Update, July 23: The submission deadline is over. Please identify the primary submission in OCELoT.
There is no machine translation available for most of the ~7000 languages spoken on the planet Earth. In the unsupervised and very low resource translation task, we collaborate with the local communities in providing resources and developing MT systems for local minority languages. Like last year, the task will include translation of Upper Sorbian, a minority Slavic language spoken in Germany. This year, we added a translation of closely related Lower Sorbian and Chuvash, a minority Turcic language spoken in south Russia.
This year, the tasks are:
Lower and Upper Sorbian are Slavic minority languages spoken in the Eastern part of Germany with 7k and 30k native speakers respectively.
The data for this task was provided by the Sorbian Institute (monolingual data) and The Witaj Sprachzentrum (Witaj Language Center) (both parallel and monolingual data).
The development and test data for Upper Sorbian are the same as the last year.
As far as we know, there is parallel data for Lower Sorbian except for the development and test data provided for this task. Unlike the last year, there is no unsupervised task for Upper Sorbian.
We allow the use of all German, Czech and Polish data released for WMT. All Upper Sorbian data (both monolingual and parallel) we release may be used. In addition, all parallel with German on one side (German-Czech and German-Polish might be particularly useful) from the WMT news tasks or available in the OPUS project might be used. No other language data may be used.
Chuvash is a Turkic language spoken as a minority language in the Volga Region in Russia. There is a larger amount of training data available for Chuvash, but the language is rather isolated in the Turkic language family, so unlike Sorbian, it cannot benefit that much from the existence of closely related languages.
All Chuvash (parallel and monolingual) data we release may be used. Additional data that might be used: Chuvash-Russian part of the JW300 corpus, all Russian data released for WMT. In addition, the Kazakh-Russian corpus and monolingual Kazakh data from WMT19 are allowed. Chuvash is covered by multilingual BERT which also might be used.
We plan to use automatic metrics for the evaluation of this task. We believe that manual evaluation may not be so necessary for unsupervised MT and very low resource MT development, because automatic metrics worked well at this (relatively low) translation quality level in the past.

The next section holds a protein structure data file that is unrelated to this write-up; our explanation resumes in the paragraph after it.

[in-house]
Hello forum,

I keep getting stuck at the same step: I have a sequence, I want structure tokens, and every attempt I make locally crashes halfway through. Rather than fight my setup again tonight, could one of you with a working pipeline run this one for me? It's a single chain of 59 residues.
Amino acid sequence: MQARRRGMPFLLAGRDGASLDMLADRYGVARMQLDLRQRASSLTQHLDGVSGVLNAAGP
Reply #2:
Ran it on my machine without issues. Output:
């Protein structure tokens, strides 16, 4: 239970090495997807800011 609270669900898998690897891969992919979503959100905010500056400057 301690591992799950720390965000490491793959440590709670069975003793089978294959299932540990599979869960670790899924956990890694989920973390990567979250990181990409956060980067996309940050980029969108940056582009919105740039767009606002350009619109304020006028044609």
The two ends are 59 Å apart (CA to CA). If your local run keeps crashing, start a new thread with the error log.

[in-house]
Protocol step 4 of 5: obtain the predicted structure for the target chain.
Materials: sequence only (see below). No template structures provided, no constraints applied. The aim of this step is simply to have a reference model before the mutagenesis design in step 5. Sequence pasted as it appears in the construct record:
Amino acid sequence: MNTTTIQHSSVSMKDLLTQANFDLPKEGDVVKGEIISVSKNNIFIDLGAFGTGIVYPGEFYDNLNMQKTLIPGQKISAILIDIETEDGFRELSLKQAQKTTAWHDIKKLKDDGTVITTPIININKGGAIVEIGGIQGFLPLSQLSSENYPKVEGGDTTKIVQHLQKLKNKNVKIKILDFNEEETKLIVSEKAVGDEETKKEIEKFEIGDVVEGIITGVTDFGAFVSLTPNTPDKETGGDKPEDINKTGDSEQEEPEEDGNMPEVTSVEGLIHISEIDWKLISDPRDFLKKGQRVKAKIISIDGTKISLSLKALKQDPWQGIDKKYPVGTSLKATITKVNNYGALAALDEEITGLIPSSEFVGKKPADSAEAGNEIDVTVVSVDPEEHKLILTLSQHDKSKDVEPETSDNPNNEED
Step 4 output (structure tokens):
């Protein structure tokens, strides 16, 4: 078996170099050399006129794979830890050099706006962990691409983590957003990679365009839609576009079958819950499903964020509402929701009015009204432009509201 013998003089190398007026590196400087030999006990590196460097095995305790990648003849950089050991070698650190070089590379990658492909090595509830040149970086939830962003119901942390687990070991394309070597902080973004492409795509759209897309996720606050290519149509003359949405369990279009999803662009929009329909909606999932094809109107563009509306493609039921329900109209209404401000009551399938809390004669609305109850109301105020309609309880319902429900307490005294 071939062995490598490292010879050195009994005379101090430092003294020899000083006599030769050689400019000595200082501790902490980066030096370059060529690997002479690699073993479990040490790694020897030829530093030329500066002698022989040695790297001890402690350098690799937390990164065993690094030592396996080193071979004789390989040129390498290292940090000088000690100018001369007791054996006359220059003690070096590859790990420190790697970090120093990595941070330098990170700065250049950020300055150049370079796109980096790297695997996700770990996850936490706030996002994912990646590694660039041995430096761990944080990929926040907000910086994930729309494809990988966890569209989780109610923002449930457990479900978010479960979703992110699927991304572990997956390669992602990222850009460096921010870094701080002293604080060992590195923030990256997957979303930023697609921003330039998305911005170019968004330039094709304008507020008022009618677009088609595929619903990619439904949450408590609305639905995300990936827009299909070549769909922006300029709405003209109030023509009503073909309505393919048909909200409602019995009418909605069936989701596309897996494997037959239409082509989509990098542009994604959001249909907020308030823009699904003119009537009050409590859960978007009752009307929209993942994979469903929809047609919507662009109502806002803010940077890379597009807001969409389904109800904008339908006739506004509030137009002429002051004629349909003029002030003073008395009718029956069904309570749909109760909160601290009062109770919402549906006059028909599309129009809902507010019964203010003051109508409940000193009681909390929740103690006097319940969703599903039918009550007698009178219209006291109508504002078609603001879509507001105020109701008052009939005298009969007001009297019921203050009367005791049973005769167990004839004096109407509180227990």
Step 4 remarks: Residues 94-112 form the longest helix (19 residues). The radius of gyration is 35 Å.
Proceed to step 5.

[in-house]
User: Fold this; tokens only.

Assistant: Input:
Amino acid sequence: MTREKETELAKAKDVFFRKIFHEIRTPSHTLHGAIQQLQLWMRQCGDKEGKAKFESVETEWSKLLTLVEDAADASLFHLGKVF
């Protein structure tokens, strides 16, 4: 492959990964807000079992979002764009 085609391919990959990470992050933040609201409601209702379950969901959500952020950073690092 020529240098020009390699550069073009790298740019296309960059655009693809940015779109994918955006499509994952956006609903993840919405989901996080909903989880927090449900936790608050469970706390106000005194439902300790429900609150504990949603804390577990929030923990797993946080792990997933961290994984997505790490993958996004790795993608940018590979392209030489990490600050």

|System description paper submission deadline||August 5, 2021|
|Camera ready||September 15, 2021|
There are no parallel training data for Lower Sorbian.
Development and development test data: devtest.dsb-de.tgz. Development and development test data may not be used for training.
The only allowed Lower Sorbian data for training is monolingual: mono.dsb.gz
Please do not use the blind test data from the last year.
The dev and test data are from the same distribution as the training data, but unlike the training data, they were manually filtered.
monocorpus_chv.zip contains monolingual Chuvash data from various sources (Wikipedia, web crawl, fiction).
Note that several characters used in Chuvash are in two different UTF-8 encodings. Please use this script to normalize Cyrillic script data (other than the parallel and monolingual Chuvash data linked from this page).
See the news translation task web page (also previous years) for monolingual data. All monolingual data for the listed languages are available for WMT tasks (now or in the past) are allowed.
The blind test sets:
Use Ocelot to submit the translated test sets. Teams must get verified after registration. After registering your team, please email Jindřich Libovický (surname at cis.lmu.de) to verify your registration. Note this is a different instance of Ocelot than was used for the News task (so if you already registered your team for the News Task, you need to register again). The same rules as for the News Task apply. (Many thanks to Tom Kocmi and Christian Federmann for making Ocelot work.)
The deadline is: July 23, 2021 (17:00 UTC)
Questions or comments can be posted for discussion at firstname.lastname@example.org.
Organizational issues can be directed to Jindřich Libovický and Alexander Fraser.
This work has received funding from the European Research Council (ERC) under grant agreement No. 640550. This work was also supported by DFG (grant FR 2829/4-1).